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  2. ps. I did see Mom's Night Out, which I think you already knew, and I laughed so hard. There were a bunch of homeschool moms there, and we all loved it. Like many Christian movies, it got a bit too preachy in a couple parts, but it was delightfully un-serious, which was a nice change from the other movies where the men are supposed to stand up and sign something about marriage or family life afterwards!

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  3. I love your Cottleston Pie collections. That is sad about Stratford Caldecott; I am increasingly frustrated with the expectations that I spend my time on meaningless things rather than eternal things. How to find that balance is my biggest agenda item and prayer request these days.

    I'm struggling to find thinking (and hence writing) time these days for my blog. Less FB and email time would probably be a good start. Thanks for the lightbulb moment.

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  4. Wow, I thought Call the Midwife was really over. It was incredibly fulfilling and it would have been okay if it was done, but I'm so happy to hear that there will be more.

    Also so sad to hear about Stratford Caldecott's illness. I had no idea.

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  5. I'm also so glad to hear there will be more Call the Midwife, it's the highlight of my week when the season is airing.

    God bless Stratford Caldecott and his family during these next weeks. His books on education have certainly been a gift to me. Though they're a bit like "Norms and Nobility" that require me to read a few sentences over and over and return to them several times to understand the ideas clearly.

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  6. Cheers for more Call the Midwife!
    I may have to buy Teaching from a State of Rest now that I know you're in it. We would never know from listening to you that speaking was a "slog" for you. Your "The Long Haul" talk is one of my favourite encouragements ever.

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  7. These are always some of my favorite posts - the ones that let me imagine we're just chatting over a co-cola on the porch.
    I just bought Teaching from Rest and I splurged to get the audios as well because I know I'll enjoy hearing your thoughts. When I first found your blog again (at just the right moment), this idea of teaching from rest was life-changing for me so fleshing it out is so fun. That sounds so nerdy, but I stand by it:)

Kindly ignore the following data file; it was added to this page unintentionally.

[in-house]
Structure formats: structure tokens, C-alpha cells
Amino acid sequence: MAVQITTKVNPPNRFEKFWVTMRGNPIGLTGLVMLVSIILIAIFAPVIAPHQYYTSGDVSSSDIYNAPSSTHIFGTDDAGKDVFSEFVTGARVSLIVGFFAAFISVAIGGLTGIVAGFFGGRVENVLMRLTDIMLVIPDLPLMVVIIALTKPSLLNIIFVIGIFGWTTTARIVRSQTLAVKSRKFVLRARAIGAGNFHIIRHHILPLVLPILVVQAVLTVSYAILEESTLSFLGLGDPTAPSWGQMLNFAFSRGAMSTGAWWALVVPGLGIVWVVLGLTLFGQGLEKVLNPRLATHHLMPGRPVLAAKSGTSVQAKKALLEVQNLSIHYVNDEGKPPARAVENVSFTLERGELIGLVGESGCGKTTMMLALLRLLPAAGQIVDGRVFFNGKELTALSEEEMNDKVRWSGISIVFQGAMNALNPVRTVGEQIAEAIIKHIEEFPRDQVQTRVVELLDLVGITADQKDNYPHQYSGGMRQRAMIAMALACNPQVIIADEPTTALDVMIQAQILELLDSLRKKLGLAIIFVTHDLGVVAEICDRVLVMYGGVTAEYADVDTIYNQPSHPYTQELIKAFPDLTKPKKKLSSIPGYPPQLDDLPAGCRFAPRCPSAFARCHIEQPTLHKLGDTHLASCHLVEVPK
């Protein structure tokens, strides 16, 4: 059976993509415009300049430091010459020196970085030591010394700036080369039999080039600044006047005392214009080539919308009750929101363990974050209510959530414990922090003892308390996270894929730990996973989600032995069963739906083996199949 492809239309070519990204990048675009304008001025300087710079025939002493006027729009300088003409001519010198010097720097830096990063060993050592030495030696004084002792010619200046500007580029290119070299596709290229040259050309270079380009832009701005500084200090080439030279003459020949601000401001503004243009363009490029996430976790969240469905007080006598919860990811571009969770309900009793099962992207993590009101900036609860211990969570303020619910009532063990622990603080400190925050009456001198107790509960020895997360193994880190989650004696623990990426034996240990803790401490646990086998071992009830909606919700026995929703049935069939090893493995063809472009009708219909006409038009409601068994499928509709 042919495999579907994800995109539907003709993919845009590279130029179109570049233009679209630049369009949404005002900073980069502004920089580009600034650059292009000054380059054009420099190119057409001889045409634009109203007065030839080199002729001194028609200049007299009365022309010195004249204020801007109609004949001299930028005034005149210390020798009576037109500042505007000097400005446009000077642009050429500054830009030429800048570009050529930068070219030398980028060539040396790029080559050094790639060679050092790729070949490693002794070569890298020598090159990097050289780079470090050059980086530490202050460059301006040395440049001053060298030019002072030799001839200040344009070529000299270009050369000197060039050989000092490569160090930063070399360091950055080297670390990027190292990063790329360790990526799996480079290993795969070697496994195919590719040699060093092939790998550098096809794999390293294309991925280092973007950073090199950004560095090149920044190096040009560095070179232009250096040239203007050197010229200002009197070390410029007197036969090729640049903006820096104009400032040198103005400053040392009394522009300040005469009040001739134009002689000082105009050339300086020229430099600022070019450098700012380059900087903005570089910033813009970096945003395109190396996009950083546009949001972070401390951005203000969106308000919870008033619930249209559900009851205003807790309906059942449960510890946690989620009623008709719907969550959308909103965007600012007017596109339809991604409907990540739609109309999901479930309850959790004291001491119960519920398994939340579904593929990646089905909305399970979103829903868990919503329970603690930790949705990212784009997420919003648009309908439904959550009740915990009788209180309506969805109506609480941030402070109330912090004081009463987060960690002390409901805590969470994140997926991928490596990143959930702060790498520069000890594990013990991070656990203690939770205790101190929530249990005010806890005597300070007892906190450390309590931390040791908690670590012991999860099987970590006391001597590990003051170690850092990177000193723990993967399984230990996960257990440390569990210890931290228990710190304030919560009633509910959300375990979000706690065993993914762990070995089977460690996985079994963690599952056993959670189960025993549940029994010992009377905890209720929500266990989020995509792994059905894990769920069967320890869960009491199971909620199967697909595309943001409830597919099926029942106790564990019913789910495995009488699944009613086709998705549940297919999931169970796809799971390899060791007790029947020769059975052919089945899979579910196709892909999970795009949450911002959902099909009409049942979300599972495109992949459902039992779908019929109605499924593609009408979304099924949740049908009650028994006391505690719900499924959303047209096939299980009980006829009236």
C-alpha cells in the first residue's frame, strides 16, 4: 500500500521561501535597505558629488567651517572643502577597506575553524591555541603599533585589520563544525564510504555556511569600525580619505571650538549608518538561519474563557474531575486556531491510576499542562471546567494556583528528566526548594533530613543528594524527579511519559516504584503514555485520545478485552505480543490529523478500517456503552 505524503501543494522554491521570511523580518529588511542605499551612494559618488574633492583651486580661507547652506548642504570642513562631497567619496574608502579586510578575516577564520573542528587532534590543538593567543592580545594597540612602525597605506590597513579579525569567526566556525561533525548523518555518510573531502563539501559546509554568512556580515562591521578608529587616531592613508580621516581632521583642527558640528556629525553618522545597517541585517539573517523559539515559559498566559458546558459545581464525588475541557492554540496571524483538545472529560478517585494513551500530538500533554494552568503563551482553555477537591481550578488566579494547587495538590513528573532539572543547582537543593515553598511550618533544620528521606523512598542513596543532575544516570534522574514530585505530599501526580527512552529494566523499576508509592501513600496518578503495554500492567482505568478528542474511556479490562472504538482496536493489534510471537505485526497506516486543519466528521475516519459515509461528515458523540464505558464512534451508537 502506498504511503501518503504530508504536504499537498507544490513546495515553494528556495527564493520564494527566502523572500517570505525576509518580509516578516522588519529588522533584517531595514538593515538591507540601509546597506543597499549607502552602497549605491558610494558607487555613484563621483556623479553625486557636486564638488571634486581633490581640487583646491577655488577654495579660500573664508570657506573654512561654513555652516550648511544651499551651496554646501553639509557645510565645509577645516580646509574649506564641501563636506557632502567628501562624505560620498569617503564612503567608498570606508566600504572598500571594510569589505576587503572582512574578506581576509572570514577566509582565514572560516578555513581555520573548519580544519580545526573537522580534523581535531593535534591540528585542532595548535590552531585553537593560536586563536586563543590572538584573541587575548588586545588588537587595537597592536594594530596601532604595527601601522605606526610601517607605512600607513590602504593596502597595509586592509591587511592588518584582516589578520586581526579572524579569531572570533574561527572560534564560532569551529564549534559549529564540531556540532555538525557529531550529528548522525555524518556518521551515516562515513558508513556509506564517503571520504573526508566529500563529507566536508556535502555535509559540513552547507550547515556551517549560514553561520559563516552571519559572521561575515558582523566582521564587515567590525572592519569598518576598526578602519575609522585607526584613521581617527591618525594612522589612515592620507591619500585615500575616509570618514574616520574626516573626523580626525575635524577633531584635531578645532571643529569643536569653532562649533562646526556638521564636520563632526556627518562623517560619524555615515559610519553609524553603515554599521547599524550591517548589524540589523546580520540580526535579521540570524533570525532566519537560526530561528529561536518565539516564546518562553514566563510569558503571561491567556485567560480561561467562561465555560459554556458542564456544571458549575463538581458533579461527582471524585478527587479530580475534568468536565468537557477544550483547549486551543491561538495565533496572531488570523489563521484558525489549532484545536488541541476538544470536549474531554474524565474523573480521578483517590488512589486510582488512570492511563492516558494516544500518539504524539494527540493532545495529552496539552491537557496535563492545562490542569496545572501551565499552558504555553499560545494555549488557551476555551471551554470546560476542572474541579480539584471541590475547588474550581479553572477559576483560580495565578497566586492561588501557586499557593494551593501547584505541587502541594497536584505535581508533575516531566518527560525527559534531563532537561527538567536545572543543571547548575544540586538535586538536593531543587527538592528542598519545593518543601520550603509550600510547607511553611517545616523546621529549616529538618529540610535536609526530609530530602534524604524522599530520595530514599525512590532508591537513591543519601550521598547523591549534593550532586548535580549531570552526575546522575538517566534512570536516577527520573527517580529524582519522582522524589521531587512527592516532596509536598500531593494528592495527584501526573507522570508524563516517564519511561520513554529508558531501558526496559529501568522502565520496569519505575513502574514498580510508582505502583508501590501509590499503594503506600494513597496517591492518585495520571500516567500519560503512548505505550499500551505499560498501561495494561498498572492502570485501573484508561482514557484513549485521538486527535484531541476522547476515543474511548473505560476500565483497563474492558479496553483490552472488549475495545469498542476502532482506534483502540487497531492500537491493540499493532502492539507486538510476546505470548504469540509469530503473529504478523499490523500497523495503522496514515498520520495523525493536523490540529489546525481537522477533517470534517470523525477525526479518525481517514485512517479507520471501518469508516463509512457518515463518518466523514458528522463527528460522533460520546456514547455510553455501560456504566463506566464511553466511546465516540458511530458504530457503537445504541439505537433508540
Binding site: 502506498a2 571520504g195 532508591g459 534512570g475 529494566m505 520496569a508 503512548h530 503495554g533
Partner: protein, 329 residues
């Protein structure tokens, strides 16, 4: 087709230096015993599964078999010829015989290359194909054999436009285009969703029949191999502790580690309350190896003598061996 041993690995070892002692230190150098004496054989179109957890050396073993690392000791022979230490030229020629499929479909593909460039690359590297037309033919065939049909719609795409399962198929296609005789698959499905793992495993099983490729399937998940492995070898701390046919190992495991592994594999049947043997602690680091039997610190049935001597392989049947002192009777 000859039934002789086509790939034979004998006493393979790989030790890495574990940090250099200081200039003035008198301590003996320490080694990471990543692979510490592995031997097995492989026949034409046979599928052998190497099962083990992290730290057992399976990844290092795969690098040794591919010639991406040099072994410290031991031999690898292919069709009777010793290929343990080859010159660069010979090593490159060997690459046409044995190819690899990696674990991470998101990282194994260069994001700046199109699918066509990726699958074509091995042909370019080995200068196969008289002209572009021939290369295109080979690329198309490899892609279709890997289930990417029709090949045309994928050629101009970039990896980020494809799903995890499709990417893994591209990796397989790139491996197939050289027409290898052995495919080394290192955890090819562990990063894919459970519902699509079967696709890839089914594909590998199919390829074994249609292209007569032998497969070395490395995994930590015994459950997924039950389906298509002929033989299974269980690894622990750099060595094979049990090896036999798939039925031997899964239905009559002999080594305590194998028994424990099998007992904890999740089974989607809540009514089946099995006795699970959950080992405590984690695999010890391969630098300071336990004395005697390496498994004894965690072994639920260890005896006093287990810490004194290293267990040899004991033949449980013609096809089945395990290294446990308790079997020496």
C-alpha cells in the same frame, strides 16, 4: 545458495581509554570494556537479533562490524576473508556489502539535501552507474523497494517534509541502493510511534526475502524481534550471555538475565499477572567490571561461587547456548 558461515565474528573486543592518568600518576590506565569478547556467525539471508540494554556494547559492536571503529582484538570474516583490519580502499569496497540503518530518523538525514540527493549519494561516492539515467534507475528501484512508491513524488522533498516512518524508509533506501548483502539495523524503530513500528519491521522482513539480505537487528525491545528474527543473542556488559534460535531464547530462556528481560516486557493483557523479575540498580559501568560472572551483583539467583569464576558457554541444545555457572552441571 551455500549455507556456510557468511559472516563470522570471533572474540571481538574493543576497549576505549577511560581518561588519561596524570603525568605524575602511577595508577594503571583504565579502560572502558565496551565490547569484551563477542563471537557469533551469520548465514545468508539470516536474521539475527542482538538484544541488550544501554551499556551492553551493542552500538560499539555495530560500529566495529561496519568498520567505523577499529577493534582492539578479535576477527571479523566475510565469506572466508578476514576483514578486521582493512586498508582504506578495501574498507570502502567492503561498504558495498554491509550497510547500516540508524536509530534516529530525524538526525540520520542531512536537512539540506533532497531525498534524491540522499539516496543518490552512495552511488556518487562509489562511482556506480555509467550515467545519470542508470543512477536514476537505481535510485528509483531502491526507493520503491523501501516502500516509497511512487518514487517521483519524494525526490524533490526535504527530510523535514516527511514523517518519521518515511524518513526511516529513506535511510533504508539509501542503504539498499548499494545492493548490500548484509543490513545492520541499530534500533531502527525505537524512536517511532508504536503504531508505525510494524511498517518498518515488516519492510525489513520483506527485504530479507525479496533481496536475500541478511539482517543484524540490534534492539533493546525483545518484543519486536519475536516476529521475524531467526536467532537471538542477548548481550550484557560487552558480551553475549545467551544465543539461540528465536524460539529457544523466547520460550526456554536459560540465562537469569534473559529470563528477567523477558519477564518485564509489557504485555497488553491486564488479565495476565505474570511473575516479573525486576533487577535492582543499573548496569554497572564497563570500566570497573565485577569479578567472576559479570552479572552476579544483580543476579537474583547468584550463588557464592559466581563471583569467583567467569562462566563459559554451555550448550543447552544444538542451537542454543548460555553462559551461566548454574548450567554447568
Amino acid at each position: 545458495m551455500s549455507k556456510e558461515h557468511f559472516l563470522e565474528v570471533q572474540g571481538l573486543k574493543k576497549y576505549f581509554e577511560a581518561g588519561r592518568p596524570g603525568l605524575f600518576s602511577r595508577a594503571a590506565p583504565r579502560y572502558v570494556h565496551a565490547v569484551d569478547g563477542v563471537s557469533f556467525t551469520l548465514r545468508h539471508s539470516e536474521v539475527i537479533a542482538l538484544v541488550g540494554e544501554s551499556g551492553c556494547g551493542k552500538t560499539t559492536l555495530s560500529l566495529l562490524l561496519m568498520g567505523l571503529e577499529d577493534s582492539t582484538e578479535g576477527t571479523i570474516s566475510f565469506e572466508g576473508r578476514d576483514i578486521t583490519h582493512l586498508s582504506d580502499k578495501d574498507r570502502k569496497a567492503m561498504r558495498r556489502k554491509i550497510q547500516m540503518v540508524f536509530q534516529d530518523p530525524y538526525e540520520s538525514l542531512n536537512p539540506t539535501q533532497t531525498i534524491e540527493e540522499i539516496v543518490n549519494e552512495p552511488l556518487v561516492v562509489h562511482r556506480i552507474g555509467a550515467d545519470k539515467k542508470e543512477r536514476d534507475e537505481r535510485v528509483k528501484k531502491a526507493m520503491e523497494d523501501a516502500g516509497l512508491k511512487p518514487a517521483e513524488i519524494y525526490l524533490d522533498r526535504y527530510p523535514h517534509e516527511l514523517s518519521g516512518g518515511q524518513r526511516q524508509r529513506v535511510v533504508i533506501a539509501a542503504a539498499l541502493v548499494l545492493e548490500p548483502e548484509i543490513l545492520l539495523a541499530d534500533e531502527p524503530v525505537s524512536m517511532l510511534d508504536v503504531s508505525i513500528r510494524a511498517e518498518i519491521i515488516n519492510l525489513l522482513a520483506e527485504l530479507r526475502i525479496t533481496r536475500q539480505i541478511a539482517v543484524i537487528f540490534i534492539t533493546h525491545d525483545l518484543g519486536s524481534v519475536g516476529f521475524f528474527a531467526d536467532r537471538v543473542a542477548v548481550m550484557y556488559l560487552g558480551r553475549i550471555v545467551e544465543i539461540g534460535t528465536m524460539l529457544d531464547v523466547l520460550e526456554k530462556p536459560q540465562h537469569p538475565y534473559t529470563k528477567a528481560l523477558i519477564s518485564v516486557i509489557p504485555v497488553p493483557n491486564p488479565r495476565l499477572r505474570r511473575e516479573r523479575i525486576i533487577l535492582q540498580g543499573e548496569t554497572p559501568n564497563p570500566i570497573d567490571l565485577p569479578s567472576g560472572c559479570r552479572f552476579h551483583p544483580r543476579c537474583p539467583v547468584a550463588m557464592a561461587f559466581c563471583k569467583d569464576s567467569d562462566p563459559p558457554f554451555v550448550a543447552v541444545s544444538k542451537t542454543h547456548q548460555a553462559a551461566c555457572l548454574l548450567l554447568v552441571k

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  8. Totally Off Topic.....
    Did you end up using the Royal Fireworks Press, MCT material this year as you had intended? I ask because I am thinking of trying it out, this coming year with my 8 year old. While he is young. Currently I use SWB's Language Arts. I am content with it, so the issue may be my own sense of trying something I think I may enjoy better. Is that a good idea? I know my kids are still very young, but they just don't give me any pushback on choices I have made. They are fairly easy to please if I respect them in not going overboard......Make Since?

    Sorry to piggyback, I have a conference this weekend, and I so appreciate your counsel.

    Thanks,
    Ginger

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    1. I did use it and I do love it BUT....I did not use it entirely as designed either for age or structure. Much of it I used in MT and some of it I assigned but paid little attention to levels. I just picked what I thought the student would enjoy or get the most out of.

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  9. I stalked him for two years and he was at a nearby conference so I stalked him and the publisher Tom Kemnitz....
    To sit and listen to them speak of their labor of love, their baby, their curriculum is like listening to a woman retell a labor and delivery story.
    I was sold at the first lecture when Dr. Thompson read Shakespeare.
    I am going in hook line and sinker this year, it is very reminiscent of CM and a lot less SWB.

    Thanks for the guidance.

    Ginger